Internet streaming companies must obtain broadcasters’ permission to re-transmit their copyrighted works to the public, the Court of Justice of the EU (CJEU) ruled on Thursday.
The CJEU was ruling on a dispute between a group of British commercial TV broadcasters, including ITV and Channel 4, and TVCatchup (TVC), which reproduces free-to-air TV programmes and films to computers and smartphones.
The claimants sued TVC for breaching the copyright in their films and broadcasts, saying UK law prevents such a communication of works to the public.
In November 2011, the England & Wales High Court referred questions to the CJEU, as it was unsure whether re-transmitting works included in a TV broadcast constituted a “communication to the public”, as the relevant EU directive defines it.
Ruling today, the CJEU first noted that because re-transmitting TV broadcasts over the Internet uses a specific technical means that is different from the original communication’s, the re-transmission must be considered to be a communication.
“That conclusion cannot be undermined by TVC’s objection that the making of the works available over the Internet ... is merely a technical means to ensure or improve reception of the terrestrial television broadcast in its catchment area,” the court wrote.
The court added that TVC’s re-transmissions were aimed at all UK residents who have an Internet connection and a TV licence. “Thus, the re-transmission in question is aimed at an indeterminate number of potential recipients and implies a large number of persons. Consequently, it must be held that ... the protected works are indeed communicated to a ‘public’.”
“It was a pretty straightforward ruling – there were no real surprises,” said Gareth Dickson, associate at Edwards Wildman Palmer LLP in London. “The language of the directive is so broad that most people had thought that streaming would fall within the definition of a ‘communication’ of protected works.”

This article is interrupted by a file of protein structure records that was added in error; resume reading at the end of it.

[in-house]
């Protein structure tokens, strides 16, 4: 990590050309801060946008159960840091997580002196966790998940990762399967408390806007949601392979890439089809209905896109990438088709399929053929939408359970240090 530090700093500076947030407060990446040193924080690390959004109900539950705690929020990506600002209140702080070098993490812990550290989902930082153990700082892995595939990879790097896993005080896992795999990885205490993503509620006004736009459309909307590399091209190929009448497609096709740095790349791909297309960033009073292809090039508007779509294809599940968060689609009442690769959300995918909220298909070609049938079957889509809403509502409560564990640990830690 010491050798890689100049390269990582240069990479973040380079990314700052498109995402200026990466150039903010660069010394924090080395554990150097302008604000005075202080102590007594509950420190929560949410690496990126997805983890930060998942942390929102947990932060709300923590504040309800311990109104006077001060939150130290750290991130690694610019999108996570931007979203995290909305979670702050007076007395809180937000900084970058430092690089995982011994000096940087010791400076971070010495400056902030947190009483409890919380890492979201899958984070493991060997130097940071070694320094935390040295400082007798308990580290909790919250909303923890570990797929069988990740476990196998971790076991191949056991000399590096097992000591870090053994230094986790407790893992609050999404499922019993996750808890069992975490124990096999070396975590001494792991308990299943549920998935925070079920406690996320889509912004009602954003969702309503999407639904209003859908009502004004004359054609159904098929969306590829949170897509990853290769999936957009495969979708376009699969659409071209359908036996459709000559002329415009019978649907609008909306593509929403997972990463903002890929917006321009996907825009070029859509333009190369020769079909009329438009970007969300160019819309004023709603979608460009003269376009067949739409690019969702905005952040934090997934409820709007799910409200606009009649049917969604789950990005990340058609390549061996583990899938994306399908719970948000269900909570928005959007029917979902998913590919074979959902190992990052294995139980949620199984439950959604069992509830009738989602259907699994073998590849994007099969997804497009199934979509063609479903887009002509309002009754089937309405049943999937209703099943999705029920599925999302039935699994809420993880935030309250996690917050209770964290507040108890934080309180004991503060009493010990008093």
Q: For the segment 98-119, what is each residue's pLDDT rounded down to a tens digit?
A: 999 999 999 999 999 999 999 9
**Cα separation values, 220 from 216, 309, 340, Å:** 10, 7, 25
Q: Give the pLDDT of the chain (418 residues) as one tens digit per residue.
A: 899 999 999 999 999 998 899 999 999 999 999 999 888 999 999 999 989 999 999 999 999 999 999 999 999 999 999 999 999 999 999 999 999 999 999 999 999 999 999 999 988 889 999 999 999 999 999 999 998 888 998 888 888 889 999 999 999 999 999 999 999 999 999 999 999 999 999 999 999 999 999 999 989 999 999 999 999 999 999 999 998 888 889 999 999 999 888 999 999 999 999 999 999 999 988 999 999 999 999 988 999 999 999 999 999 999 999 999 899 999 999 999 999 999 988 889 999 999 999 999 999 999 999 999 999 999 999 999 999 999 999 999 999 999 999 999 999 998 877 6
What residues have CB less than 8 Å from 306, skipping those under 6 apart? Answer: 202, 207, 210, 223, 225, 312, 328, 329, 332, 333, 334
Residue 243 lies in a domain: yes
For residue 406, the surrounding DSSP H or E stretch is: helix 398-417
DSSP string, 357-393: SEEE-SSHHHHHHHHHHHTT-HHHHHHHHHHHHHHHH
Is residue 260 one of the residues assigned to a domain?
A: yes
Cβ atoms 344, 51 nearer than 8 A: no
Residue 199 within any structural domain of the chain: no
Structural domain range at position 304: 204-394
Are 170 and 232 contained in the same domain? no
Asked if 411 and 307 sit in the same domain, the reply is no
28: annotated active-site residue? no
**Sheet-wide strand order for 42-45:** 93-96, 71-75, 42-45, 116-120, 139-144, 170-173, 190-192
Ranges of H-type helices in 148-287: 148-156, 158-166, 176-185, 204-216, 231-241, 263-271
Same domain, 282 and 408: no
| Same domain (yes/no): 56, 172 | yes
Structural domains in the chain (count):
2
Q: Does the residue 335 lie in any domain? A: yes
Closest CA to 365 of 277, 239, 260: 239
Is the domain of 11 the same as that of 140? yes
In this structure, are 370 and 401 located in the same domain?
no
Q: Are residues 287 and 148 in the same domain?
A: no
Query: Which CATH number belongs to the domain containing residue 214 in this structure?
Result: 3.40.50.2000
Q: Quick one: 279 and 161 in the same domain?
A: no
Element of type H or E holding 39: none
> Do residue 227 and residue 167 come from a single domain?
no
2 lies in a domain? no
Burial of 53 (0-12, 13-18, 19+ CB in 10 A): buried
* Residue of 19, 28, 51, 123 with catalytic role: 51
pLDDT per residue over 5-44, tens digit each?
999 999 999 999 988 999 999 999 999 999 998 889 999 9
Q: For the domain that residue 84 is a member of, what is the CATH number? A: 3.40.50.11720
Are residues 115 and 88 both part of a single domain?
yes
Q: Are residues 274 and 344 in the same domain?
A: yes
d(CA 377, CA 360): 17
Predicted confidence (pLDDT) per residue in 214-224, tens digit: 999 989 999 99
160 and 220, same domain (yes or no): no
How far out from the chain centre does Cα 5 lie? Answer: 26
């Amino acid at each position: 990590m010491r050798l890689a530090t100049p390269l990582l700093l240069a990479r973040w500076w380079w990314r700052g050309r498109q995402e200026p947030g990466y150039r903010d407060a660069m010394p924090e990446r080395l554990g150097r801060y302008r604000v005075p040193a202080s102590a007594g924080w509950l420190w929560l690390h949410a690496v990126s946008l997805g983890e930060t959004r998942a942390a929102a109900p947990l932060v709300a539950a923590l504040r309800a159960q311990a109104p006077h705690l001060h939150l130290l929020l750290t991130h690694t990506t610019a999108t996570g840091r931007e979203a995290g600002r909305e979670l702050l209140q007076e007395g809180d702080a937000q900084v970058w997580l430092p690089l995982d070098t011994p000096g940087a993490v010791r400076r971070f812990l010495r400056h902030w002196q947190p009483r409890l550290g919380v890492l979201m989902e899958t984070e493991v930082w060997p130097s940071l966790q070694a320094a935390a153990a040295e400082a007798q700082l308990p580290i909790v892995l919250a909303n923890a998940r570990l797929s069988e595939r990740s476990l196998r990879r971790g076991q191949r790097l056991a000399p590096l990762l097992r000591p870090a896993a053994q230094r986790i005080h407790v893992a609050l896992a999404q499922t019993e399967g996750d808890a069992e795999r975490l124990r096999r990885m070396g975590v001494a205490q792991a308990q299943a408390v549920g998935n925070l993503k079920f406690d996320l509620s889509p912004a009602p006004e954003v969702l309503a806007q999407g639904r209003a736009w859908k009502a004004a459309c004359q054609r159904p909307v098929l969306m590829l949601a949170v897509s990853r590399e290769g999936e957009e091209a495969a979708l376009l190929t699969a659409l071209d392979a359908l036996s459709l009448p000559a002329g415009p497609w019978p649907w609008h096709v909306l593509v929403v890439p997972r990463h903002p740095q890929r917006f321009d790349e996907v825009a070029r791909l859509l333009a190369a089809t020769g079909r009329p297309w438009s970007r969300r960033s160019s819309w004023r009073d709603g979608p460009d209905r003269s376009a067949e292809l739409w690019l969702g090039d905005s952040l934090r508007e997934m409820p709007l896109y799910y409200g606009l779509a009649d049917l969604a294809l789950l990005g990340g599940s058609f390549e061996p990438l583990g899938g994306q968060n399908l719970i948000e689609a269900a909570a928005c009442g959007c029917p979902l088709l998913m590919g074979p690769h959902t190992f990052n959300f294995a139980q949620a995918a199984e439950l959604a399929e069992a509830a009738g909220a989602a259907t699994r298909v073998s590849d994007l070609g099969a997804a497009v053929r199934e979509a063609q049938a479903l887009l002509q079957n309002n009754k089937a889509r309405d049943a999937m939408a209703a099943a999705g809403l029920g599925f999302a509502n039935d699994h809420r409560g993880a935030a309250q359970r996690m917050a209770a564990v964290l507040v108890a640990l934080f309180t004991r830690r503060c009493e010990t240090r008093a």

“If you’re a streaming service that re-uses copyrighted works without permission, this ruling is bad news. But, fundamentally, it doesn’t rule out the development of new technologies to re-transmit works – it just means that the copyright owners cannot be excluded from decisions about re-using their content. That is absolutely fair,” he added.
Rebecca Swindells, partner at Field Fisher Waterhouse LLP, said: “Had the court found in TVC's favour, the ruling would have struck at the very heart of broadcasters' business models and indeed at the principles of copyright law, which enable copyright owners to control the communication and exploitation of their works.”
The most interesting conclusion is that there is no need for communications to be to a "new" public, said Bonita Trimmer, associate at Wragge & Co LLP. “This was a key non-infringement argument for TV Catchup – that people using its services could watch the very same free-to-air-programmes on their licensed TV sets at home in the UK, and therefore, the public it reached was the same public as the claimants’ own communications.”
“This ‘new’ public point was regarded as important in other cases involving satellite TVs in pubs and TVs in hotel rooms. The reason for the CJEU taking a different approach here is that TVC’s communication was transmitted by a different ‘technical means’ (Internet streams) to the original authorised communication (satellite TV broadcast),” she said.
The ruling adds a European perspective to interesting divergence between courts in the US, where two sites – Aero and Aereokiller – operate in a similar way to TVC. Courts in New York have held Aero’s activities to be lawful, while Californian rulings have found Aereokiller’s to be illegal.
“There’s a good chance that the US Supreme Court will have to look at the issue soon,” said Dickson. “This is an industry that international investors will want to keep looking closely at, in order to ensure they are investing in the locations that offer the best opportunities to maximise their return on investment.”
The case will now return to the England & Wales High Court, which should rule in line with the CJEU’s decision.
NOTE: After we published this story, TVC contacted WIPR with a statement that said: "TVC is here to stay, we may have relinquished some ground in a minor part of our battle, but the war has already been decided in our favour. We remain Europe's first and only legal internet cable service and the ECJ opinion affects only a handful of channels we carry."
This article was first published on 07 March 2013 in World IP Review
cjeu, tvcatchup, itv, channel 4, channel 5, Internet streaming